After a Florida jury acquitted George Zimmerman in the death of Trayvon Martin on Saturday, President Obama appealed for calm. "I know this case has elicited strong passions," he said. "And in the wake of the verdict, I know those passions may be running even higher. But we are a nation of laws, and a jury has spoken." Although Obama wants us to respect the jury's verdict, writes Senior Editor Jacob Sullum, that does not necessarily mean he will. The Justice Department is mulling the possibility of prosecuting Zimmerman again, most likely based on the federal hate crime statute. Sullum says that would be wrong for at least four reasons.
Teen activists are righteously angry—but righteous anger does not produce sound public policy.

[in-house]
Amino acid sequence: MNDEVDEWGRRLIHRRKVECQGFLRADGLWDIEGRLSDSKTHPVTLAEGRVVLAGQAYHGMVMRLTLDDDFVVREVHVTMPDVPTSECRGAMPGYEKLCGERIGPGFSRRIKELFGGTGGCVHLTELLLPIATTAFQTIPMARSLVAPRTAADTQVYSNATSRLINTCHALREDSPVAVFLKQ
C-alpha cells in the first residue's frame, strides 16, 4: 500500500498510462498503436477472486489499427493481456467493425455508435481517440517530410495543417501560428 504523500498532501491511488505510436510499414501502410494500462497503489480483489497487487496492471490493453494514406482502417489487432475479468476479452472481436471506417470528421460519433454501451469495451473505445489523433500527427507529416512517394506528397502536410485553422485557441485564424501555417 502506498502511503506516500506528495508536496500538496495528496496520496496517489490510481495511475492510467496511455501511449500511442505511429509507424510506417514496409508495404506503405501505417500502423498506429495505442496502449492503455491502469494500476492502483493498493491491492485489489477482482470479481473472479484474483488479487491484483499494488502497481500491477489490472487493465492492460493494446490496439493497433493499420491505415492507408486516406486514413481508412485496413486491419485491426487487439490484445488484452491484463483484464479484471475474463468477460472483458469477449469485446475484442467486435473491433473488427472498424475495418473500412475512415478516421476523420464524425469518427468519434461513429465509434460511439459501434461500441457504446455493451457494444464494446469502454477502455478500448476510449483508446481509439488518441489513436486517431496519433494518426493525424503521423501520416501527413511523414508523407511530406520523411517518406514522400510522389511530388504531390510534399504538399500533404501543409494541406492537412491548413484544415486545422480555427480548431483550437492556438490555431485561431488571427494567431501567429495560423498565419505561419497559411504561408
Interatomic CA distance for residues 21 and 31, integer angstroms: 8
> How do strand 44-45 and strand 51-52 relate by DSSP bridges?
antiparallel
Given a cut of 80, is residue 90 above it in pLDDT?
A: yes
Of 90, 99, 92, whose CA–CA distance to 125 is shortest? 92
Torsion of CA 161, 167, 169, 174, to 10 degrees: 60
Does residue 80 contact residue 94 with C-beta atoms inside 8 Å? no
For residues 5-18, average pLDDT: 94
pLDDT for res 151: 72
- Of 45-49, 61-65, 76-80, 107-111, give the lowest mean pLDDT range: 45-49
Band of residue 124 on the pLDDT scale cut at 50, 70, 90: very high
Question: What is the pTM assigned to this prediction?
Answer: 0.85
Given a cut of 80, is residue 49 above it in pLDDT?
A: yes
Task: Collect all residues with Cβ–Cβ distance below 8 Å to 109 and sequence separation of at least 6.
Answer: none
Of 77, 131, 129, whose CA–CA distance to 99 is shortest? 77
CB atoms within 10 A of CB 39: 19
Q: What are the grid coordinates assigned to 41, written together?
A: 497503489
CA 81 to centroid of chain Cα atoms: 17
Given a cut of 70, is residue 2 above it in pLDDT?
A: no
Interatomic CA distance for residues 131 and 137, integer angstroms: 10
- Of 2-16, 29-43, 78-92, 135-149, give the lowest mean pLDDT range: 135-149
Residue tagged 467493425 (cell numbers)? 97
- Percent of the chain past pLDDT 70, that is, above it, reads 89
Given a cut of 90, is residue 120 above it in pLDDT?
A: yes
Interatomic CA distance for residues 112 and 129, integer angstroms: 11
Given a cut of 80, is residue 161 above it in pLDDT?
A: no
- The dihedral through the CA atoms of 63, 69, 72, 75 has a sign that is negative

Clint Eastwood's masterful true-life drama about a wrongly accused American hero doubles as an awkward brief for Trump.
Privacy advocates have long warned about potential abuses. Will the mishandling of the Carter Page investigation change some minds?
No, but that's not stopping a litigious vegan from making his case.
Inspector General Michael Horowitz's Testimony on FBI Failures Should Be a Wakeup Call for the Media and the GOP
Republicans were wrong to side with the state on privacy issues, and the media was wrong to lionize anti-Trump G-men.